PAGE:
TL;DR:GET THE MULTISTREAM VERSION! (and the corresponding index file, pages-articles-multistream-index.txt.bz2) pages-articles.xml.bz2 and pages-articles-multistream.xml.bz2 both contain the same xml contents. So if you unpack either, you get the same data. But with multistream, it is possible to get an article from the archive without unpacking the whole thing. Your reader should handle this for you, if your reader doesn't support it it will work anyway since multistream and non-multistream contain the same xml. The only downside to multistream is that it is marginally larger. You might be tempted to get the smaller non-multistream archive, but this will be useless if you don't unpack it. And it will unpack to ~5-10 times its original size. Penny wise, pound stupid. Get multistream. NOTE THAT the multistream dump file contains multiple bz2 'streams' (bz2 header, body, footer) concatenated together into one file, in contrast to the vanilla file which contains one stream. Each separa...
Images and other uploaded media are available from mirrors in addition to being served directly from Wikimedia servers. Bulk download is (as of September 2013) available from mirrors but not offered directly from Wikimedia servers. See the list of current mirrors. You should rsync from the mirror, then fill in the missing images from upload.wikimedia.org; when downloading from upload.wikimedia.org you should throttle yourself to 1 cache miss per second (you can check headers on a response to see if was a hit or miss and then back off when you get a miss) and you shouldn't use more than one or two simultaneous HTTP connections. In any case, make sure you have an accurate user agent string with contact info (email address) so ops can contact you if there's an issue. You should be getting checksums from the mediawiki API and verifying them. The API Etiquette page contains some guidelines, although not all of them apply (for example, because upload.wikimedia.org isn't MediaWiki, there i...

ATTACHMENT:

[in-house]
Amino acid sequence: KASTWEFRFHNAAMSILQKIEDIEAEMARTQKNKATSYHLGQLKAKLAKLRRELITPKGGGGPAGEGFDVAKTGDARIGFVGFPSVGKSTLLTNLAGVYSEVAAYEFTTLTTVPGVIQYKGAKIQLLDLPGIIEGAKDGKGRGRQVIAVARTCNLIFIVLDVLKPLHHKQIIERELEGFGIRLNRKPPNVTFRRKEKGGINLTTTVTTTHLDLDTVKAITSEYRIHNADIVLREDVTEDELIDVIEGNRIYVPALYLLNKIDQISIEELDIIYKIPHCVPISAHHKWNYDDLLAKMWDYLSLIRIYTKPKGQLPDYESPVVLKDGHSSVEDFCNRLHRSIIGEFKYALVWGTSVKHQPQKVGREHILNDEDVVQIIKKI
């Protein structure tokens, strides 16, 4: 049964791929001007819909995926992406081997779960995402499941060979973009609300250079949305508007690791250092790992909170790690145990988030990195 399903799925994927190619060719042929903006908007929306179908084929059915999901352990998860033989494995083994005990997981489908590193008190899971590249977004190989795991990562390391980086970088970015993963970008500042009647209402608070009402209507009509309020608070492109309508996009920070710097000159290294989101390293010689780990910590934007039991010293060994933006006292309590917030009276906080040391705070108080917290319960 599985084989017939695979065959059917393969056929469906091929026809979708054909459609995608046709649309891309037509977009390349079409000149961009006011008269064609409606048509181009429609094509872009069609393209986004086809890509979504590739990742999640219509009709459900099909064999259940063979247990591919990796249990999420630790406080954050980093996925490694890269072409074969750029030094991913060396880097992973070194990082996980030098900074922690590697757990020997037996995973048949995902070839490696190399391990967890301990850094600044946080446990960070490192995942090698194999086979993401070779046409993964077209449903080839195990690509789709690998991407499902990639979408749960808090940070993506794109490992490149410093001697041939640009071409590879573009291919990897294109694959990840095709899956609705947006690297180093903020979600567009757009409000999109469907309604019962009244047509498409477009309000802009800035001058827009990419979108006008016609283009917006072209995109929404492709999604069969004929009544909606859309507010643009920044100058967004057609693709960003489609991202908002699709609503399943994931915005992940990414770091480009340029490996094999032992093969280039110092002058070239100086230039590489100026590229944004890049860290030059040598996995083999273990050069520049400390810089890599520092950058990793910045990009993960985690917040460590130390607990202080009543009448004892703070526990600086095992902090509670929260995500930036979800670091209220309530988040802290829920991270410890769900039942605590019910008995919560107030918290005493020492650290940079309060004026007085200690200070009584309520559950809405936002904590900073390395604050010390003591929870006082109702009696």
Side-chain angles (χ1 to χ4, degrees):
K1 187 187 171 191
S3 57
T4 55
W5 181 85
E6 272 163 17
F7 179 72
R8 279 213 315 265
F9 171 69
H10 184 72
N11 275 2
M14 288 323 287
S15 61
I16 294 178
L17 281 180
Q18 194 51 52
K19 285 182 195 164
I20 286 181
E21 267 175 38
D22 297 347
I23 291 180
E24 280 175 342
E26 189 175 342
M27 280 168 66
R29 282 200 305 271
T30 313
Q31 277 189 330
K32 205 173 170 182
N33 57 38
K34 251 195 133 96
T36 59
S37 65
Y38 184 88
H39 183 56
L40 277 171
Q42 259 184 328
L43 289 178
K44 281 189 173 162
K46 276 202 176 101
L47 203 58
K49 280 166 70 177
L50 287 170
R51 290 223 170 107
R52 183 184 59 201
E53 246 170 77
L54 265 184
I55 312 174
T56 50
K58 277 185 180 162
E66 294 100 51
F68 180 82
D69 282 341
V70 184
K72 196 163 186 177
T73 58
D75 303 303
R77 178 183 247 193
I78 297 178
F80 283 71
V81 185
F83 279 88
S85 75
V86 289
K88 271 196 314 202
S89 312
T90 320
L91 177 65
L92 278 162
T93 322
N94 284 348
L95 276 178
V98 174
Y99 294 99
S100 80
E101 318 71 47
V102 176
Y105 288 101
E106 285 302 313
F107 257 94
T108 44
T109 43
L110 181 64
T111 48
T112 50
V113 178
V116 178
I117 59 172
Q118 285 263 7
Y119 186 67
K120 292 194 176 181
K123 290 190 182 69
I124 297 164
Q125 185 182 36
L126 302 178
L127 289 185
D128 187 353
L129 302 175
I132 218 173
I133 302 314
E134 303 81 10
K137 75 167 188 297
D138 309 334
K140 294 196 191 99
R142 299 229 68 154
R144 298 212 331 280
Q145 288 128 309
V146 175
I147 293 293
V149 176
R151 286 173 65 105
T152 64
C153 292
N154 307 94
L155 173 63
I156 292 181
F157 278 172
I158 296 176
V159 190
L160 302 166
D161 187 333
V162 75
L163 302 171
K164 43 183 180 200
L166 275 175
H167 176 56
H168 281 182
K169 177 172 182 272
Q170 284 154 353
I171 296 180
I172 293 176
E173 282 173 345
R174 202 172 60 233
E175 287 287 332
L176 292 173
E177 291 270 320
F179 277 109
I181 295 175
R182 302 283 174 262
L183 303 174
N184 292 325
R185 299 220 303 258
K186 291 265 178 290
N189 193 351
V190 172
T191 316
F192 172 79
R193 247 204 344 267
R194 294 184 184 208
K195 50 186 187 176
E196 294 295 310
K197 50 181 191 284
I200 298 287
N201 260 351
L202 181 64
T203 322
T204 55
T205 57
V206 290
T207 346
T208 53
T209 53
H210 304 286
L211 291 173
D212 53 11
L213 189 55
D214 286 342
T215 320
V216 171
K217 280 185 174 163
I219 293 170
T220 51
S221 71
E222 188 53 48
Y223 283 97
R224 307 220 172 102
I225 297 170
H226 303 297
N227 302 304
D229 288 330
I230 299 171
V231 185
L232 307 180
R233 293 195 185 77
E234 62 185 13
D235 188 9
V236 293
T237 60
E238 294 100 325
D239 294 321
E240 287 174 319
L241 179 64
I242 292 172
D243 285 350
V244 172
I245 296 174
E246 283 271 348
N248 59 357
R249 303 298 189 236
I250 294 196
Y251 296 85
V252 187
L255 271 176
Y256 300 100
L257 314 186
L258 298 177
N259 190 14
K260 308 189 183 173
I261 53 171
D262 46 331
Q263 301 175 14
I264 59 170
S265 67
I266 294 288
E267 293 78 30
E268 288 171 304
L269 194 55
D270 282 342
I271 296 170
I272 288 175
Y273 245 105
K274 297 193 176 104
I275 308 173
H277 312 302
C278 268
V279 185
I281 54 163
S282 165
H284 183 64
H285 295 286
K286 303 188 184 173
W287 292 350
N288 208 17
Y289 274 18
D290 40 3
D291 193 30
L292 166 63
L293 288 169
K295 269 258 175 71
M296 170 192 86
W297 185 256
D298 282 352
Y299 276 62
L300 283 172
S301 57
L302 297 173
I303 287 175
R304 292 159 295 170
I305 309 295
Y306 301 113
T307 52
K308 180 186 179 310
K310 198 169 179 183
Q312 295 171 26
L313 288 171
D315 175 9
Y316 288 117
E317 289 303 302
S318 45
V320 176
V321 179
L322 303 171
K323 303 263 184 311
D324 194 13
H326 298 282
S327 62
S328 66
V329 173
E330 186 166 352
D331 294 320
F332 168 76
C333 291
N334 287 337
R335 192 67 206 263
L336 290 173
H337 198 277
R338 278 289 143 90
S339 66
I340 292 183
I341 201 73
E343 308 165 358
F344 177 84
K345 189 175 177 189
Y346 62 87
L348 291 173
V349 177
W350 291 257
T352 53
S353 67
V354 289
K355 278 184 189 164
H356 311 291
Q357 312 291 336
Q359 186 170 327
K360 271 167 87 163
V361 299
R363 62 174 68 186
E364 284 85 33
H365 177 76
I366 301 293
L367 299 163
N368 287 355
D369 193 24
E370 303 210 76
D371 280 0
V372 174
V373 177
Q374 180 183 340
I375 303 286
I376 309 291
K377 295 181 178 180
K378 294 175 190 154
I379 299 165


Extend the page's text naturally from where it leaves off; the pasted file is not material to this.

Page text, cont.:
Compressed dump files are significantly compressed, thus after being decompressed will take up large amounts of drive space. A large list of decompression programs are described in Comparison of file archivers. The following programs in particular can be used to decompress bzip2 .bz2 .zip and .7zfiles. Windows Beginning with Windows XP, a basic decompression program enables decompression of zip files.Among others, the following can be used to decompress bzip2 files. 1. bzip2 (command-line) (from here) is available for free under a BSD license. 2. 7-Zip is available for free under an LGPLlicense. 3. WinRAR 4. WinZip Macintosh(Mac) 1. OS Xships with the command-line bzip2 tool. GNU/Linux 1. Most GNU/Linux distributions ship with the command-line bzip2 tool. Berkeley Software Distribution(BSD) 1. Some BSD systems ship with the command-line bzip2 tool as part of the operating system. Others, such as OpenBSD, provide it as a package which must first be installed. Notes 1. Some older vers...